Up to date news on the happenings in Eddystone, PA. For such a small town, there's always BIG drama...inside and outside Borough Council Chambers.

In the words of Mark Twain, "Facts are stubborn, but statistics are more pliable"

Paul Luce wrote an article about the housing market in the Sunday (10/30/11) Daily Times, This is the same housing market issue written about on Erock’s Beat two weeks ago.  Interestingly enough, Mr. Luce compares Eddystone to Trainer in his article, just as I did two weeks ago.  This is a great thing for Eddystone residents, as it provides even more information for people to absorb. 

Luce’s article published a vastly different result than the one published on the blog and cited to The Philadelphia Inquirer.  This may seem confusing to readers.  In Luce's article, Eddystone and Trainer both show significant home value loses in the last 9 months whereas, I described Trainer showing a 40% increase in home value and Eddystone showing a 50% decrease over five years.

How could we both be talking about housing values in the same two towns and get vastly different results?

Luce cites the most recent Prudential Fox & Roach HomeExpert Market Report, while I cited a five- year study analyzed by Econosult where housing trends over a long period of time were analyzed.  In both studies, median home values were analyzed. 

With median numbers in a short period of time, data can be skewed and results can vary significantly.  It does not mean that the statistics are wrong.  It does mean that the current prices are volatile.   According the Prudential Report online, less than 10 actual home sales occurred in Eddystone and in Trainer.  On the other hand, in the Econsult study I cited, more than 3 times that number of home sales were analyzed to make the comparison. It should also be noted that the Econsult study included any house in the Prudential Report sold before June 30, 2011.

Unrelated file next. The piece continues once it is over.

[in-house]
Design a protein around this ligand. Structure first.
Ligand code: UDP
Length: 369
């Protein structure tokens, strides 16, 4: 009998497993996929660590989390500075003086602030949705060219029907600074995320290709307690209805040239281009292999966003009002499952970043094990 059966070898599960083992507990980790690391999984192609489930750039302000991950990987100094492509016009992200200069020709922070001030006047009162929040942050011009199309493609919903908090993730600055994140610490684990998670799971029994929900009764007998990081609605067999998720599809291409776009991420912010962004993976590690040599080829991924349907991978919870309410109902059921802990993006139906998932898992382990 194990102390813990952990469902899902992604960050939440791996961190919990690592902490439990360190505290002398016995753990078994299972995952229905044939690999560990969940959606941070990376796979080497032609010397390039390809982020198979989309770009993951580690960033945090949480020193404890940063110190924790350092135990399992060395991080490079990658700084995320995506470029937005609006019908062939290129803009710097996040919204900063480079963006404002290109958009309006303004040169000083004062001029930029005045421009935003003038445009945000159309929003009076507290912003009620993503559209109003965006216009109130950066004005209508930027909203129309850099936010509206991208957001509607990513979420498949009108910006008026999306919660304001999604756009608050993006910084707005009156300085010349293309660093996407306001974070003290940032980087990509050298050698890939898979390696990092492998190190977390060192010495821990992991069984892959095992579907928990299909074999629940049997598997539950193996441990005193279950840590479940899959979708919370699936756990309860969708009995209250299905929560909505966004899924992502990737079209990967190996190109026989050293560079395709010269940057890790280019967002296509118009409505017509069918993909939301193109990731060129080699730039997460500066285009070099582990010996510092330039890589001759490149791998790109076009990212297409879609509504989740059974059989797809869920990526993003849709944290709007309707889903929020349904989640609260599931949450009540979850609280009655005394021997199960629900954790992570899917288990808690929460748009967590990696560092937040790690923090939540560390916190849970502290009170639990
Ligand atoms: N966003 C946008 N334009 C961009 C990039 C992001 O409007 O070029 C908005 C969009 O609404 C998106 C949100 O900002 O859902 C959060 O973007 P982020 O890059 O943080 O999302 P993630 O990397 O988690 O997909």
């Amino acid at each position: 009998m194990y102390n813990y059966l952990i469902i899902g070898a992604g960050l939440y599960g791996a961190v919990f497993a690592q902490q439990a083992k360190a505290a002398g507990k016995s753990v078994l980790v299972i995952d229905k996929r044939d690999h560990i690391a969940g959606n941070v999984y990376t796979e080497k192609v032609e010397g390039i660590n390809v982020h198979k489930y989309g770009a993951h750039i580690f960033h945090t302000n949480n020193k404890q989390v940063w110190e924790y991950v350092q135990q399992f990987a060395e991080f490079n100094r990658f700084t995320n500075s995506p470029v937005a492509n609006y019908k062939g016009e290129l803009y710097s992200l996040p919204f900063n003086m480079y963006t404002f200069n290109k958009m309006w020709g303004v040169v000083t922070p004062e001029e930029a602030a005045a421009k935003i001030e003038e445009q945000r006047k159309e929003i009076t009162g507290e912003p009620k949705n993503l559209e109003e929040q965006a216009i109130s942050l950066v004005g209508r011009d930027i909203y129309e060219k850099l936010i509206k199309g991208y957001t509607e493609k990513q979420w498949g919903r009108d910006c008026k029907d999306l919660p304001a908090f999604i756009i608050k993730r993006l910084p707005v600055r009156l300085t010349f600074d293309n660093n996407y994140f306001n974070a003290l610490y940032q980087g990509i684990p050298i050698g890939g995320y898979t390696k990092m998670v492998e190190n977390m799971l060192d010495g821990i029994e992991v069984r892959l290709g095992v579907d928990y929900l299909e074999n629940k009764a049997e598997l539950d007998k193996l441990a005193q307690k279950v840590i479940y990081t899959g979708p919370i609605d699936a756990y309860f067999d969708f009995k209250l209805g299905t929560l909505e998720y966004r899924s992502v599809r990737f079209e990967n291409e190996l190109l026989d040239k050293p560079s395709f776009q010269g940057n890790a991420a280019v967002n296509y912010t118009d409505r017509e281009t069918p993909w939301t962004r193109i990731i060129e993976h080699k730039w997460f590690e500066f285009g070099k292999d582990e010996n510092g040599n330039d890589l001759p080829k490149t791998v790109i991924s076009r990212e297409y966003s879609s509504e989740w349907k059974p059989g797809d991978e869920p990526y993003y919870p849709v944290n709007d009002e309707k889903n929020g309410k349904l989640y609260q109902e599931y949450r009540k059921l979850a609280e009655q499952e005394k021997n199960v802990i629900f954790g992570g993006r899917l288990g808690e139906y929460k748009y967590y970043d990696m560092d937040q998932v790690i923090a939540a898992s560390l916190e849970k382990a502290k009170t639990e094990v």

When analyzing statistics, the actual numbers being used are important.  Just as essential to conclusion are the answers to the questions why the statistics were collected and how they were collected.  Consider the two studies referenced above and ask yourself why were they done and how were they done.

Let’s say I was studying coffee drinkers.  If I decided to study people from 12 PM-5 AM over the course of a month, I may see them drink an occasional cup of coffee after dinner.   Maybe they don’t drink coffee in the evening, so I may not see them drink any coffee.  Based on my observations, I could conclude they either don’t drink coffee or they very rarely do so.

By observing them from 12 PM to 5 AM, however, I missed the seven hours right after they woke up.  Maybe they drink a pot of coffee in the morning but because of my research design, my conclusions do not include this. 

This may have been an intentional decision made by the researcher.  Perhaps I was studying how much coffee people drink after lunch to inform restaurants about how much coffee they should brew in the evening hours.  The morning pot, then, is irrelevant to why I am collecting data.  Knowing why data is collected is equally as important as actually collecting it if we are going to analyze it accurately.

In the case of both of the housing reports, actual sales prices were used and reported.  The ‘how’ the data was collected is the same.  The difference in the two reports comes with the answer to the question ‘why’ was the data collected.  As written in Mr. Luce's article, Prudential Fox & Roach, a real estate company, needs up-to-date, accurate market data to advise clients on the current market conditions if they were selling their house today.  Therefore, in order to allow their realtors the ability make informed decisions, the Prudential Report collects data every quarter (about 4 months).  On the other hand, the Econosult report was collected to show long-term housing trends.  Those researchers could then conclude the trajectory of our area, which could then be used by long term planning commissions to make decisions about how to best build up communities for future positive growth.

Statistics can be tricky.  The numbers are important, but so are the answers to the questions ‘how’ and ‘why’ the data was collected.  One thing is troubling for Eddystone residents in both reports-our housing values are more than 50% lower than they were a few years ago.  The question I have after reading both of these studies is this; what are we going to do to fix this problem? 

Luce's article does not dispute the claims made by Econsult that the river communities have structural concerns, nor did it dispute the fact that Eddystone’s housing market is worse than almost every community in Delaware, Montgomery, Bucks, and Philadelphia Counties or Southern New Jersey. 

How is Eddystone going to break the downward cycle if we do not change our overall structure?